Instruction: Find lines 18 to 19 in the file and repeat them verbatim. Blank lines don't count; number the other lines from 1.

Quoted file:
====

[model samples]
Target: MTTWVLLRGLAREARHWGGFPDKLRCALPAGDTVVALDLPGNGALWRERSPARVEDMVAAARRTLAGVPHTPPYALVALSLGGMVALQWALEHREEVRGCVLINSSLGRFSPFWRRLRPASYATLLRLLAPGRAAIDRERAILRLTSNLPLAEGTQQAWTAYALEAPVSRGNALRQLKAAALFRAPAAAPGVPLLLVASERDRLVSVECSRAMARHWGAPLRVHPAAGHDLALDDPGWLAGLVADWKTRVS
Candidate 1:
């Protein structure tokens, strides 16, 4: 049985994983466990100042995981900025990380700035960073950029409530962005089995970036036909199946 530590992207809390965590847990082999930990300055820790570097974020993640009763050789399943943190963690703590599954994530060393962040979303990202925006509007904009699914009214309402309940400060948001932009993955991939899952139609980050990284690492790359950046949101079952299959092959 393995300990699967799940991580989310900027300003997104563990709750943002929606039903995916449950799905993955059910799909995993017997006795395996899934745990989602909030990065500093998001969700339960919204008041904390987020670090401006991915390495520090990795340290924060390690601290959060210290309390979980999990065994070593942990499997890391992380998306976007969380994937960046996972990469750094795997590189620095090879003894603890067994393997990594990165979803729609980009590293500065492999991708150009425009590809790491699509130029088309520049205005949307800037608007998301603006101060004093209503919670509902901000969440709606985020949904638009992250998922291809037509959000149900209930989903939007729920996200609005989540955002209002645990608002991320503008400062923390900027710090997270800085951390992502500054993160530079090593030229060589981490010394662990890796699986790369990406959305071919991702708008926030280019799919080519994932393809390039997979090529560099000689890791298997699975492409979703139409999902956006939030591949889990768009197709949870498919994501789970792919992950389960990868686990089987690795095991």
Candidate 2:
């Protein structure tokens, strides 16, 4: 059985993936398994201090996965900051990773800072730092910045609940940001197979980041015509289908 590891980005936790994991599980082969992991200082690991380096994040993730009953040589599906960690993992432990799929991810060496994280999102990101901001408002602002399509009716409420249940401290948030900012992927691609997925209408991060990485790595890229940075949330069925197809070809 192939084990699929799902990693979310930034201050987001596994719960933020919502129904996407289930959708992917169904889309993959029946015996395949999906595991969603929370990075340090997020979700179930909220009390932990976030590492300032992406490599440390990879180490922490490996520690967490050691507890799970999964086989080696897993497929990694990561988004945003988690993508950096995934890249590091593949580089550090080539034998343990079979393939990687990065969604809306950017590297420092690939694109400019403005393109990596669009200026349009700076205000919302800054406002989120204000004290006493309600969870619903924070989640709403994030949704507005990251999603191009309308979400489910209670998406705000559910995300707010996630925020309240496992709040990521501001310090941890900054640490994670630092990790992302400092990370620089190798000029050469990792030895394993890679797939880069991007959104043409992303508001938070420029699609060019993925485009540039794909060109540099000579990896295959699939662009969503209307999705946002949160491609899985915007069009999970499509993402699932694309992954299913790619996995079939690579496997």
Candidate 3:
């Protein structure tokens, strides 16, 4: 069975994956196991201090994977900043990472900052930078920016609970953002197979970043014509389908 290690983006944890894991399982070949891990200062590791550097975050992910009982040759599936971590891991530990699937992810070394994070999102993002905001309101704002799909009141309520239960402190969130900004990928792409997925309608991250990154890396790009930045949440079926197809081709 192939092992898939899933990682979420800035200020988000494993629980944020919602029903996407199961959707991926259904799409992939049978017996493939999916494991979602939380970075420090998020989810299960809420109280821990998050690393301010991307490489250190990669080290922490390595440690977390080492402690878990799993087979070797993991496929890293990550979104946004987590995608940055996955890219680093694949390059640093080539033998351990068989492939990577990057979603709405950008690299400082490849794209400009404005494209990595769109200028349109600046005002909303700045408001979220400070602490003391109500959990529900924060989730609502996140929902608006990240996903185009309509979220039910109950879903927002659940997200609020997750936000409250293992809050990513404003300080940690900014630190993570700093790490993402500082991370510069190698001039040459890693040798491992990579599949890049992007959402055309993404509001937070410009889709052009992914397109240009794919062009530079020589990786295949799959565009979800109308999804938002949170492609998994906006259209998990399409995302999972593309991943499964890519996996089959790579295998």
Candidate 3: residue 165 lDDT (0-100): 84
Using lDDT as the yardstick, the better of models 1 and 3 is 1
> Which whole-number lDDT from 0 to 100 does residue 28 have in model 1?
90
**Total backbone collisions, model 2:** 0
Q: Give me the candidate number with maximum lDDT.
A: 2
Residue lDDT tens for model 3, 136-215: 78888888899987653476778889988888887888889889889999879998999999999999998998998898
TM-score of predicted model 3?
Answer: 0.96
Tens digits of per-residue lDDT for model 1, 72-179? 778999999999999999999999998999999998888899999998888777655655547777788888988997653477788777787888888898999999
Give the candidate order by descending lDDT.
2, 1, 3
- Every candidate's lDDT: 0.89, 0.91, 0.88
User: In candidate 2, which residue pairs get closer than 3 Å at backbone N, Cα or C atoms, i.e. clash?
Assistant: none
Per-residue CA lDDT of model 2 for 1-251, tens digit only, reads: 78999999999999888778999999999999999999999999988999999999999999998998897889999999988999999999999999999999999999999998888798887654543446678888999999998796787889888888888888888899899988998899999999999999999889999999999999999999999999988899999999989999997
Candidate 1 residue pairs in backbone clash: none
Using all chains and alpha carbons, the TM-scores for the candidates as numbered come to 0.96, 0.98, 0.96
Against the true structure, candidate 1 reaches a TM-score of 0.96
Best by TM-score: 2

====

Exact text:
Answer: 0.96
Tens digits of per-residue lDDT for model 1, 72-179? 778999999999999999999999998999999998888899999998888777655655547777788888988997653477788777787888888898999999